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Silca Pocket Impero II Pump

6
£125.00

VERDICT:

6
10
Effortless to use, but high on the strokes and very expensive
Easy on the arm
Keeps its cool
Compact
High quality
Serviceability
Lots of pumping needed
A little heavy
Expensive
Weight: 
169g

At road.cc every product is thoroughly tested for as long as it takes to get a proper insight into how well it works. Our reviewers are experienced cyclists that we trust to be objective. While we strive to ensure that opinions expressed are backed up by facts, reviews are by their nature an informed opinion, not a definitive verdict. We don't intentionally try to break anything (except locks) but we do try to look for weak points in any design. The overall score is not just an average of the other scores: it reflects both a product's function and value – with value determined by how a product compares with items of similar spec, quality, and price.

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  • Appalling

The Silca Pocket Impero II is an outrageously expensive though high-quality pump that offers a fairly decent pumping performance. While it takes a lot of strokes to get where you want, it's capable of achieving high pressures without needing the assistance of The Hulk, and there's very little build-up of heat either. It's small enough to fit in the back of a jersey, although it's a bit weighty.

If this is looking a bit pricey for you, check out our guide to the best cycling mini pumps and the best bike pumps for more options.

While it's certainly one of the most expensive mini pumps out there (even the Lezyne Digital Pressure Drive is 'only' £77), the Pocket Impero II features the usual quality build and sweet aesthetics of the Silca product range. It's also easy to service, to keep it going for a long time, and the leather gasket (100% cow, sorry vegan folks) is replaceable. It also features a two-year warranty that covers all rubber, leather and gauge parts, which is nice to have.

At 203mm (or an even 8 inches) it's pretty compact, if not the smallest mini pump out there. For reference, it's longer than a Lezyne Pocket Drive but shorter than a Lezyne Grip Drive HP, with greater girth than either of those pumps.

Though Silca claims a 150g weight, it actually came in at 169g on the road.cc scales, which makes it pretty heavy in its class – 55g heavier than the longer Lezyne Grip Drive HP.

When compared with the original Pocket Impero, which Silca released about seven years ago, I don't see any obvious difference in specification, other than a few cosmetic changes. In fact, Silca has even regurgitated the old description with the new pump, so I'm pretty sure it's just a facelift, if it was even needed.

Mind you, the new pump does look rather neat, with an all-black alloy construction (save for the piston inside). The end of the body is knurled for better grip, while the silicone sleeve has a diamond tread pattern which makes it very secure to hold. The silicone sleeve also serves as a way to hold the handle in place when it's on the bike, though I did find it requires a bit of effort to get it in place.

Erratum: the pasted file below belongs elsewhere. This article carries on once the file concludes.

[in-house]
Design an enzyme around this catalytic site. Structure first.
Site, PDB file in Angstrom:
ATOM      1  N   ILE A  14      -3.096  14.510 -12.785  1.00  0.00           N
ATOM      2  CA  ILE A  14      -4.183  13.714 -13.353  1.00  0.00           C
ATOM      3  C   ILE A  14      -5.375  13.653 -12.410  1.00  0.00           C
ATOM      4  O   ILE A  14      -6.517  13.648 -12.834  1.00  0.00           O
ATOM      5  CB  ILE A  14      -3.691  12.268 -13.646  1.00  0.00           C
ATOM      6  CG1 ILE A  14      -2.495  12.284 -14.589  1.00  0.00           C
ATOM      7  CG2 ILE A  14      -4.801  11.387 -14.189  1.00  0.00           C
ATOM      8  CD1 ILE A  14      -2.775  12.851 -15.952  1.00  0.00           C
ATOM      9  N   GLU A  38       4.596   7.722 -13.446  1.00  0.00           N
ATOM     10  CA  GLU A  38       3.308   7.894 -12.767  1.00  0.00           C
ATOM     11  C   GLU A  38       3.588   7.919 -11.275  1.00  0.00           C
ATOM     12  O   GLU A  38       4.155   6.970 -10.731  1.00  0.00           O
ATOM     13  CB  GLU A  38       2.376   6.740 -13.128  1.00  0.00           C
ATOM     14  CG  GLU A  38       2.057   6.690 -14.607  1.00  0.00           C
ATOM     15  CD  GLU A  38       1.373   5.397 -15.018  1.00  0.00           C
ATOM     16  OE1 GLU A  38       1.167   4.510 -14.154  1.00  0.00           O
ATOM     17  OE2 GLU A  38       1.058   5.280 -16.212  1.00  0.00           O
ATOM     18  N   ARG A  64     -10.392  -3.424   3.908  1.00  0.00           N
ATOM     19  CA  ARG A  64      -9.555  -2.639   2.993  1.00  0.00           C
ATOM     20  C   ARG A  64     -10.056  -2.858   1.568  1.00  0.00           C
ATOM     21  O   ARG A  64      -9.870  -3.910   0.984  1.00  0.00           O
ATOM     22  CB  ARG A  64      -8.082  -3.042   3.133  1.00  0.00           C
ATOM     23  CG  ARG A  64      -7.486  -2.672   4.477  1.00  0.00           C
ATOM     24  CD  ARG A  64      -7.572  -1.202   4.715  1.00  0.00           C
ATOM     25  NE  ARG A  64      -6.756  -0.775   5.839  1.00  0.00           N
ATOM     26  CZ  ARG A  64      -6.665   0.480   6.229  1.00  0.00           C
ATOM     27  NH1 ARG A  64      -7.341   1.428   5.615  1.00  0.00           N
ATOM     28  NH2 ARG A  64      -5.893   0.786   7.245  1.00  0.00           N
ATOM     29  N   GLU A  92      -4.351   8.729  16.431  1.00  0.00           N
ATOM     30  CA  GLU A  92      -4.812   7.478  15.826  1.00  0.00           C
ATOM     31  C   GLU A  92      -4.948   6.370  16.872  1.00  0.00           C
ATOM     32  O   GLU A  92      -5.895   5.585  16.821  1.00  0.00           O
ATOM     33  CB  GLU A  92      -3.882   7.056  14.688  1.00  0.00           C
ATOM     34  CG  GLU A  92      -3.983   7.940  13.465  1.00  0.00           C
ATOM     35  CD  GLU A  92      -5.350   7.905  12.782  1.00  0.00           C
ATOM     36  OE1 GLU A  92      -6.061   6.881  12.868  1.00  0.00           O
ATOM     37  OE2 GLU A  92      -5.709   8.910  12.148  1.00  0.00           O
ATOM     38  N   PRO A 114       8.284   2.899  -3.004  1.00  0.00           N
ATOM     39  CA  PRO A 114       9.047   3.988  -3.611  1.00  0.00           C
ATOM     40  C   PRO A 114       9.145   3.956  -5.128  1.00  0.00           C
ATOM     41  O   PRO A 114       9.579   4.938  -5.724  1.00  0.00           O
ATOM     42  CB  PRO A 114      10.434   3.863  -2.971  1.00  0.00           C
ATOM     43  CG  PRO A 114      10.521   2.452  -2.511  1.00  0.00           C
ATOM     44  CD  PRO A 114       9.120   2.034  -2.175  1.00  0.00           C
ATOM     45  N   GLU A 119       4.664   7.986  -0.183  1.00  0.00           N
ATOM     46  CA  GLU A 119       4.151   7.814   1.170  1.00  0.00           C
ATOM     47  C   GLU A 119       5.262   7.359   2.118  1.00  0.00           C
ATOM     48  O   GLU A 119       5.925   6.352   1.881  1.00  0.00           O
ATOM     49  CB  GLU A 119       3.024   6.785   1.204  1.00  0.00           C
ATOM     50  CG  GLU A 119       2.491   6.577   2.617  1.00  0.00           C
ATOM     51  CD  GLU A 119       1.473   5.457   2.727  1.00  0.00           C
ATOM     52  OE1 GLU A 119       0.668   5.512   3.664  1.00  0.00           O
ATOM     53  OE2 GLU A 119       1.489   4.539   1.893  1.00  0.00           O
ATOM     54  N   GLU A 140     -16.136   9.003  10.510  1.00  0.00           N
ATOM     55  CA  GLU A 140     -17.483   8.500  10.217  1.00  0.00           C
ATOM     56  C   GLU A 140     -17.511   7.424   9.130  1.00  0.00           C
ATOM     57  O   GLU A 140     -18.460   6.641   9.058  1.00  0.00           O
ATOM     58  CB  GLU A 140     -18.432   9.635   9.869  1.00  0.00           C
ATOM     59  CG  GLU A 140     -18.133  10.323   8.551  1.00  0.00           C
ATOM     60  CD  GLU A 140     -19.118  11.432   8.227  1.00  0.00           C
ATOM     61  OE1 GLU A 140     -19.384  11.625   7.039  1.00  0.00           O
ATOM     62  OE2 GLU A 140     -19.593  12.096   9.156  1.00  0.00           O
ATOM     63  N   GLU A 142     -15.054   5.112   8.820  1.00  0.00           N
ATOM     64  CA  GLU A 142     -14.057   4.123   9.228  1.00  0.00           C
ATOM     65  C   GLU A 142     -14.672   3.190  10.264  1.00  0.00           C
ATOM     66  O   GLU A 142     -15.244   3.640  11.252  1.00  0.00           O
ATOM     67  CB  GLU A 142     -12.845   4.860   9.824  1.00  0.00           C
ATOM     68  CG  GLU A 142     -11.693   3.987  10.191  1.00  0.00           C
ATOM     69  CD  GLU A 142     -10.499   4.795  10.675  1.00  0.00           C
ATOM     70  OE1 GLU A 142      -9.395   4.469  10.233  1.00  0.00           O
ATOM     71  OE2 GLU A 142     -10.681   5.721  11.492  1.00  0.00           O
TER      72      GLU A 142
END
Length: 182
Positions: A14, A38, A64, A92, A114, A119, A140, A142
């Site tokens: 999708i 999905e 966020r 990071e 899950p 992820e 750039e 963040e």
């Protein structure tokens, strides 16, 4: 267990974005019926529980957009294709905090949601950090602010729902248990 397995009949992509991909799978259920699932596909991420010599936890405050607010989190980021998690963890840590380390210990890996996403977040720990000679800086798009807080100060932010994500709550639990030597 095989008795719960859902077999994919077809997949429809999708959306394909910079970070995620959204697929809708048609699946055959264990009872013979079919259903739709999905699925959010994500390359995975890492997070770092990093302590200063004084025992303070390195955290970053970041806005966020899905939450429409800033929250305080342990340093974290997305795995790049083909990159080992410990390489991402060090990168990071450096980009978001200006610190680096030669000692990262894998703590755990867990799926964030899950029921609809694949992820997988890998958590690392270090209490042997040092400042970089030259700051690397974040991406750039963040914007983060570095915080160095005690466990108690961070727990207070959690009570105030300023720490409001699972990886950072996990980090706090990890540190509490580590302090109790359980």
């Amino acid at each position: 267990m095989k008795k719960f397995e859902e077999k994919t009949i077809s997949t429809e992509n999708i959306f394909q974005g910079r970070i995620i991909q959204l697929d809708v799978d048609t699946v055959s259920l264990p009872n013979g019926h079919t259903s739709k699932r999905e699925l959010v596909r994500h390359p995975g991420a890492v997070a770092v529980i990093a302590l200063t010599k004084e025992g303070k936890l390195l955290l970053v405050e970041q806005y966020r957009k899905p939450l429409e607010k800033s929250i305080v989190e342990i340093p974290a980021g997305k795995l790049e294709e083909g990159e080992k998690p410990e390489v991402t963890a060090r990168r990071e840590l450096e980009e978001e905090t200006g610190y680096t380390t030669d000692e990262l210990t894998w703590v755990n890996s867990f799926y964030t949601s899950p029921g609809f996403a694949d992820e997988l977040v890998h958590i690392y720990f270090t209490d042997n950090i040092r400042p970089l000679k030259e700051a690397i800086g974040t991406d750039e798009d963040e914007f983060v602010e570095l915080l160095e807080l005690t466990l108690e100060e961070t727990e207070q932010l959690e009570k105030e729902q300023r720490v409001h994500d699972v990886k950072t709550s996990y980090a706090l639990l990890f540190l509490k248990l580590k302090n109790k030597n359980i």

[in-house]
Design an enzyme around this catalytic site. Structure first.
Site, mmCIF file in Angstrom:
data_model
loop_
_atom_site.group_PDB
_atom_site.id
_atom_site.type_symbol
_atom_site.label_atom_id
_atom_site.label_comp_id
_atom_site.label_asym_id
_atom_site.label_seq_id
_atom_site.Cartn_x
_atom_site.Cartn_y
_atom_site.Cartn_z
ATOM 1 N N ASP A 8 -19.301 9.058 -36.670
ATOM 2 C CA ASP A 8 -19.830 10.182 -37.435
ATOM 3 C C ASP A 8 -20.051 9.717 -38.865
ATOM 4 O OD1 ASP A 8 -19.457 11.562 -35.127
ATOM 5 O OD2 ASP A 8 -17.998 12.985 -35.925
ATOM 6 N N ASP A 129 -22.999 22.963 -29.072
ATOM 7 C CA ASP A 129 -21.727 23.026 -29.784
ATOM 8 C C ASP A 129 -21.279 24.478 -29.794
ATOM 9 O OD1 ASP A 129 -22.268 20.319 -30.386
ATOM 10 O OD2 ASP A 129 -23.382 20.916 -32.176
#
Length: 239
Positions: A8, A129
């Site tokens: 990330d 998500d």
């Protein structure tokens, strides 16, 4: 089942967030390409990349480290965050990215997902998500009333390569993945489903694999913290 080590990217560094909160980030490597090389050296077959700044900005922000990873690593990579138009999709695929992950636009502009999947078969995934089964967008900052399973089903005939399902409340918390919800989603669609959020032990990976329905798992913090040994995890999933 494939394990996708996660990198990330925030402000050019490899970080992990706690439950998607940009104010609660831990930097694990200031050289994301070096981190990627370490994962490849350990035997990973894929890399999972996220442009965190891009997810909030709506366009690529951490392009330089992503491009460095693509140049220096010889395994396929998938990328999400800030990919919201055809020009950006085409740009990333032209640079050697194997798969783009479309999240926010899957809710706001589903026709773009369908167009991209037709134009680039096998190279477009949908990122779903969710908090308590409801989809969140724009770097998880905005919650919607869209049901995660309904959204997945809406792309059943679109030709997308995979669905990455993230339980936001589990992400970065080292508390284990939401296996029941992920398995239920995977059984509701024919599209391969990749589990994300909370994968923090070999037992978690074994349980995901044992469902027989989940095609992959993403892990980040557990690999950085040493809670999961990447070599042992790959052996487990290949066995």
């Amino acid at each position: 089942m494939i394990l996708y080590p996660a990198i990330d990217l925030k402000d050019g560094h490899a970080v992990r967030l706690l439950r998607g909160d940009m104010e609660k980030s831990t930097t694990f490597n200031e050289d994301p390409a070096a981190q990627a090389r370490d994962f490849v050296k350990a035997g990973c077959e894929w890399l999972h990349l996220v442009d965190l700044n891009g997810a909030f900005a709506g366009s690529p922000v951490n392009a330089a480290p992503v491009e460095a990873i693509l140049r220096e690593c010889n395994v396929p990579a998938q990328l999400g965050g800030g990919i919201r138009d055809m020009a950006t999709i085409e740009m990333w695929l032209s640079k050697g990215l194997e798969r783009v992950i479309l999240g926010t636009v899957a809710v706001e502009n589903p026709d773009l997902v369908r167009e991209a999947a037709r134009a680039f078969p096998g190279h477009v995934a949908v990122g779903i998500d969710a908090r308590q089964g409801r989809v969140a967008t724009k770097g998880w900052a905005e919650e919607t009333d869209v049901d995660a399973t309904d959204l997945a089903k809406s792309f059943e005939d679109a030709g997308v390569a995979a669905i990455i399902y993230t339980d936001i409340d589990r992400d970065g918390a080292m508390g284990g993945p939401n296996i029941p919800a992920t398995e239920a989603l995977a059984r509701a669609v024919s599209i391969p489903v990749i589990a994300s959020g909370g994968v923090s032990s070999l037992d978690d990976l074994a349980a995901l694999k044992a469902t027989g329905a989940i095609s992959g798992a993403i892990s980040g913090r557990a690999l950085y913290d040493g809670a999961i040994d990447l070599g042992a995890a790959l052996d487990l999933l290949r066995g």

At the business end, the Pocket Impero II features a bright, anodised red pump head, which you simply slide onto the valve (Presta only) to lock it into place – no need for a manual lock, or anything like that. A silicone strip over the head of the pump gives you a bit of extra grip when you're pumping, to keep it firmly in place.

2023 Silca Pocket Impero II Pump - 2.jpg

On a 28mm road tyre, 200 strokes equated to 54psi, while 260 strokes left me with my optimal road pressure of 70psi. At the other end of the spectrum, on my Bombtrack Beyond+, with 2.8-inch plus tyres, 200 strokes delivered 15psi, which is about spot on for off-road riding.

> How to choose the best bike tyre pressure – balancing speed, comfort and grip

In isolation that seems a little disappointing in comparison to some of the other mini pumps out there, which take fewer strokes to get to a similar pressure, although that said, the Pocket Impero II requires relatively little effort for the same number of strokes. Even at 70psi on my road bike's 28mm tyres, the going was still easy, unlike other mini pumps I've used. Indeed, the Pocket Impero II didn't seem to produce much, if any, heat at all which is probably a sign that this is a very efficient mini pump.

Value and conclusion

Does that excellent build quality and high efficiency translate into a mini pump worthy of its £125 price tag? Well, probably not, but the serviceability and the warranty do help to sweeten the deal somewhat.

Still, there are similar size pumps out there that require fewer strokes to get to the same pressure. The Lezyne Grip Drive HP is longer, but it's lighter, and Stu managed to get to 50psi in just 100 strokes. That said, I'm personally not a fan of the screw-on chuck, but it is only a fraction of the price of the Pocket Impero II at at around £30.

Similarly, Topeak's Roadie 2Stage is only around £30, is just 162mm long and weighs only 102g, and offers decent performance with 55psi after 150 strokes on a 28mm tyre.

So, perhaps not the best performance out there, given its high price tag, but there's no doubting that the Silca Pocket Impero II is a quality product that is easy to use and will last you a very long time.

Verdict

Effortless to use, but high on the strokes and very expensive

road.cc test report

Make and model: Silca Pocket Impero II Pump

Size tested: n/a

Tell us what the product is for and who it's aimed at. What do the manufacturers say about it? How does that compare to your own feelings about it?

Silca says, "The mini-pump to put all others to shame. The leather gasket and metal construction make this the most efficient mini-pump on the market. Save time and frustration with the Pocket Impero."

Tell us some more about the technical aspects of the product?

Silca lists:

Alloy construction

Leather piston gasket

Slide-lock silicone sleeve

150g (169g)

8 in (203mm)

Rate the product for quality of construction: